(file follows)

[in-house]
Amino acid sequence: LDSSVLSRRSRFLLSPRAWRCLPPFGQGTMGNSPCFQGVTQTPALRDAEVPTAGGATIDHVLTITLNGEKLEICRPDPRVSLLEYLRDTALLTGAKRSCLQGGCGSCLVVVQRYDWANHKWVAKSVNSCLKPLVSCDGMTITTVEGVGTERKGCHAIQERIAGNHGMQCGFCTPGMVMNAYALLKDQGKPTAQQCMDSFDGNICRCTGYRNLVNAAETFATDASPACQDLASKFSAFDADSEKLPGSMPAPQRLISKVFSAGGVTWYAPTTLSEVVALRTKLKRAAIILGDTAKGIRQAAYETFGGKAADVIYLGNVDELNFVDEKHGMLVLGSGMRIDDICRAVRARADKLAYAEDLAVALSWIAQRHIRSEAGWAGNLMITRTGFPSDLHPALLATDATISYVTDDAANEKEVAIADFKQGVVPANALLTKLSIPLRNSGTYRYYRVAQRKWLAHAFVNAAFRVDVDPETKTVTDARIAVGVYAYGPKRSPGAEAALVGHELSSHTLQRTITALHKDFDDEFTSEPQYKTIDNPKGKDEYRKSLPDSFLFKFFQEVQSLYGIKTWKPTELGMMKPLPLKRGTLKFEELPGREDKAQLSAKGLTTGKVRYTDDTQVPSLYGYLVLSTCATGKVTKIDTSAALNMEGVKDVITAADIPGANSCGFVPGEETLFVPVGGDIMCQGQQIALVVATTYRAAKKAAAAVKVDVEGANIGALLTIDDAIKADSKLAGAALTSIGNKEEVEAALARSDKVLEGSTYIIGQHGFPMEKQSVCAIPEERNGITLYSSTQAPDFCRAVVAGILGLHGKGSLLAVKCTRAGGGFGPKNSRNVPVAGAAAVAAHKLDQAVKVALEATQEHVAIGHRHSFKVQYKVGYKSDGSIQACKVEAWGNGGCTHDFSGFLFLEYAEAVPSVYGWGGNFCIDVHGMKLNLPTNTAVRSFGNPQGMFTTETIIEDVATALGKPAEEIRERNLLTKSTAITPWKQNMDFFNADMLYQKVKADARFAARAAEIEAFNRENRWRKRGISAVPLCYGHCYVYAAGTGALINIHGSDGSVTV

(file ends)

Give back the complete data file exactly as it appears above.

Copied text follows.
[in-house]
Amino acid sequence: LDSSVLSRRSRFLLSPRAWRCLPPFGQGTMGNSPCFQGVTQTPALRDAEVPTAGGATIDHVLTITLNGEKLEICRPDPRVSLLEYLRDTALLTGAKRSCLQGGCGSCLVVVQRYDWANHKWVAKSVNSCLKPLVSCDGMTITTVEGVGTERKGCHAIQERIAGNHGMQCGFCTPGMVMNAYALLKDQGKPTAQQCMDSFDGNICRCTGYRNLVNAAETFATDASPACQDLASKFSAFDADSEKLPGSMPAPQRLISKVFSAGGVTWYAPTTLSEVVALRTKLKRAAIILGDTAKGIRQAAYETFGGKAADVIYLGNVDELNFVDEKHGMLVLGSGMRIDDICRAVRARADKLAYAEDLAVALSWIAQRHIRSEAGWAGNLMITRTGFPSDLHPALLATDATISYVTDDAANEKEVAIADFKQGVVPANALLTKLSIPLRNSGTYRYYRVAQRKWLAHAFVNAAFRVDVDPETKTVTDARIAVGVYAYGPKRSPGAEAALVGHELSSHTLQRTITALHKDFDDEFTSEPQYKTIDNPKGKDEYRKSLPDSFLFKFFQEVQSLYGIKTWKPTELGMMKPLPLKRGTLKFEELPGREDKAQLSAKGLTTGKVRYTDDTQVPSLYGYLVLSTCATGKVTKIDTSAALNMEGVKDVITAADIPGANSCGFVPGEETLFVPVGGDIMCQGQQIALVVATTYRAAKKAAAAVKVDVEGANIGALLTIDDAIKADSKLAGAALTSIGNKEEVEAALARSDKVLEGSTYIIGQHGFPMEKQSVCAIPEERNGITLYSSTQAPDFCRAVVAGILGLHGKGSLLAVKCTRAGGGFGPKNSRNVPVAGAAAVAAHKLDQAVKVALEATQEHVAIGHRHSFKVQYKVGYKSDGSIQACKVEAWGNGGCTHDFSGFLFLEYAEAVPSVYGWGGNFCIDVHGMKLNLPTNTAVRSFGNPQGMFTTETIIEDVATALGKPAEEIRERNLLTKSTAITPWKQNMDFFNADMLYQKVKADARFAARAAEIEAFNRENRWRKRGISAVPLCYGHCYVYAAGTGALINIHGSDGSVTV